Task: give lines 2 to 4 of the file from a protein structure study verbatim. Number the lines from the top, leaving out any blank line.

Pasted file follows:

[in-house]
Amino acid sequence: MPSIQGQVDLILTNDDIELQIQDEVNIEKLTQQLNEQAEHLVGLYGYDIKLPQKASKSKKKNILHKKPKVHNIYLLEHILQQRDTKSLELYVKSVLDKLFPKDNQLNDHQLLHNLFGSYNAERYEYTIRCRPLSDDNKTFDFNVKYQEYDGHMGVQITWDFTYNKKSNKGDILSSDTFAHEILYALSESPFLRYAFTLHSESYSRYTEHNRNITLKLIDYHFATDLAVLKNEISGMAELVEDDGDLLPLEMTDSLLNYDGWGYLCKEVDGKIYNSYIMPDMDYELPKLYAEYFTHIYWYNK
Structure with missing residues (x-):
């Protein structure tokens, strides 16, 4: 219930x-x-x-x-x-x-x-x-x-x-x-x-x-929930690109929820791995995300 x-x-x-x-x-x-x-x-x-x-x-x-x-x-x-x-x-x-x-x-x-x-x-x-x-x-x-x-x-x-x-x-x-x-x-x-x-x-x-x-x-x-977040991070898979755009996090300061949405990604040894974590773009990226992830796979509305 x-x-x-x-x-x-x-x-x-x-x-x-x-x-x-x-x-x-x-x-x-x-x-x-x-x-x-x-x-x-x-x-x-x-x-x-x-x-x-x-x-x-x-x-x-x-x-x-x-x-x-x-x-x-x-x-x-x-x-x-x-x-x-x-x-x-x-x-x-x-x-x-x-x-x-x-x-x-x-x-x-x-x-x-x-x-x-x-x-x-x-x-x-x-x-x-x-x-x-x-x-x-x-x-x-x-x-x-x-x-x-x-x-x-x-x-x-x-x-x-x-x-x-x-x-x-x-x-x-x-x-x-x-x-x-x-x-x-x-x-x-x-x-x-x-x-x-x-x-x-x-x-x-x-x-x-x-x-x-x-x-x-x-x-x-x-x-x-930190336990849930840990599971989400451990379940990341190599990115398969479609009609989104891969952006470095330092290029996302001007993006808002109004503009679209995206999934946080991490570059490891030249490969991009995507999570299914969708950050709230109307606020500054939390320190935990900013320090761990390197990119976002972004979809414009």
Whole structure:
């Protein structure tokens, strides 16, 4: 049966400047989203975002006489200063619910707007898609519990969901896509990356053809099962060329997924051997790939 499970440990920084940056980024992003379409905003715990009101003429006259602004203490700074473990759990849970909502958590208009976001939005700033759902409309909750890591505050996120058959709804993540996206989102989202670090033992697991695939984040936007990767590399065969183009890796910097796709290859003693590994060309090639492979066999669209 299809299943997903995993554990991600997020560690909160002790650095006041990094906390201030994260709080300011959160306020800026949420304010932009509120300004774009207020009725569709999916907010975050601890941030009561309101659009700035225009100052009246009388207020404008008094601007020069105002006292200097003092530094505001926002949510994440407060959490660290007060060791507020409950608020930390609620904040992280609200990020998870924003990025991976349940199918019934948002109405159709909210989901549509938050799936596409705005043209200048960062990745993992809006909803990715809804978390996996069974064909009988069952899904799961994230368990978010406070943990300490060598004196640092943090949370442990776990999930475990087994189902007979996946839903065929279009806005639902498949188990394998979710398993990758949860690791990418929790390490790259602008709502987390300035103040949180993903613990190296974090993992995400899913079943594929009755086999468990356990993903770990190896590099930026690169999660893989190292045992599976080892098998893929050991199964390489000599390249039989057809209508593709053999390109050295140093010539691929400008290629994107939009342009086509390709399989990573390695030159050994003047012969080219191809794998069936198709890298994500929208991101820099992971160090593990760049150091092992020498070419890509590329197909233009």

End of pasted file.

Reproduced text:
Amino acid sequence: MPSIQGQVDLILTNDDIELQIQDEVNIEKLTQQLNEQAEHLVGLYGYDIKLPQKASKSKKKNILHKKPKVHNIYLLEHILQQRDTKSLELYVKSVLDKLFPKDNQLNDHQLLHNLFGSYNAERYEYTIRCRPLSDDNKTFDFNVKYQEYDGHMGVQITWDFTYNKKSNKGDILSSDTFAHEILYALSESPFLRYAFTLHSESYSRYTEHNRNITLKLIDYHFATDLAVLKNEISGMAELVEDDGDLLPLEMTDSLLNYDGWGYLCKEVDGKIYNSYIMPDMDYELPKLYAEYFTHIYWYNK
Structure with missing residues (x-):
């Protein structure tokens, strides 16, 4: 219930x-x-x-x-x-x-x-x-x-x-x-x-x-929930690109929820791995995300 x-x-x-x-x-x-x-x-x-x-x-x-x-x-x-x-x-x-x-x-x-x-x-x-x-x-x-x-x-x-x-x-x-x-x-x-x-x-x-x-x-x-977040991070898979755009996090300061949405990604040894974590773009990226992830796979509305 x-x-x-x-x-x-x-x-x-x-x-x-x-x-x-x-x-x-x-x-x-x-x-x-x-x-x-x-x-x-x-x-x-x-x-x-x-x-x-x-x-x-x-x-x-x-x-x-x-x-x-x-x-x-x-x-x-x-x-x-x-x-x-x-x-x-x-x-x-x-x-x-x-x-x-x-x-x-x-x-x-x-x-x-x-x-x-x-x-x-x-x-x-x-x-x-x-x-x-x-x-x-x-x-x-x-x-x-x-x-x-x-x-x-x-x-x-x-x-x-x-x-x-x-x-x-x-x-x-x-x-x-x-x-x-x-x-x-x-x-x-x-x-x-x-x-x-x-x-x-x-x-x-x-x-x-x-x-x-x-x-x-x-x-x-x-x-x-930190336990849930840990599971989400451990379940990341190599990115398969479609009609989104891969952006470095330092290029996302001007993006808002109004503009679209995206999934946080991490570059490891030249490969991009995507999570299914969708950050709230109307606020500054939390320190935990900013320090761990390197990119976002972004979809414009």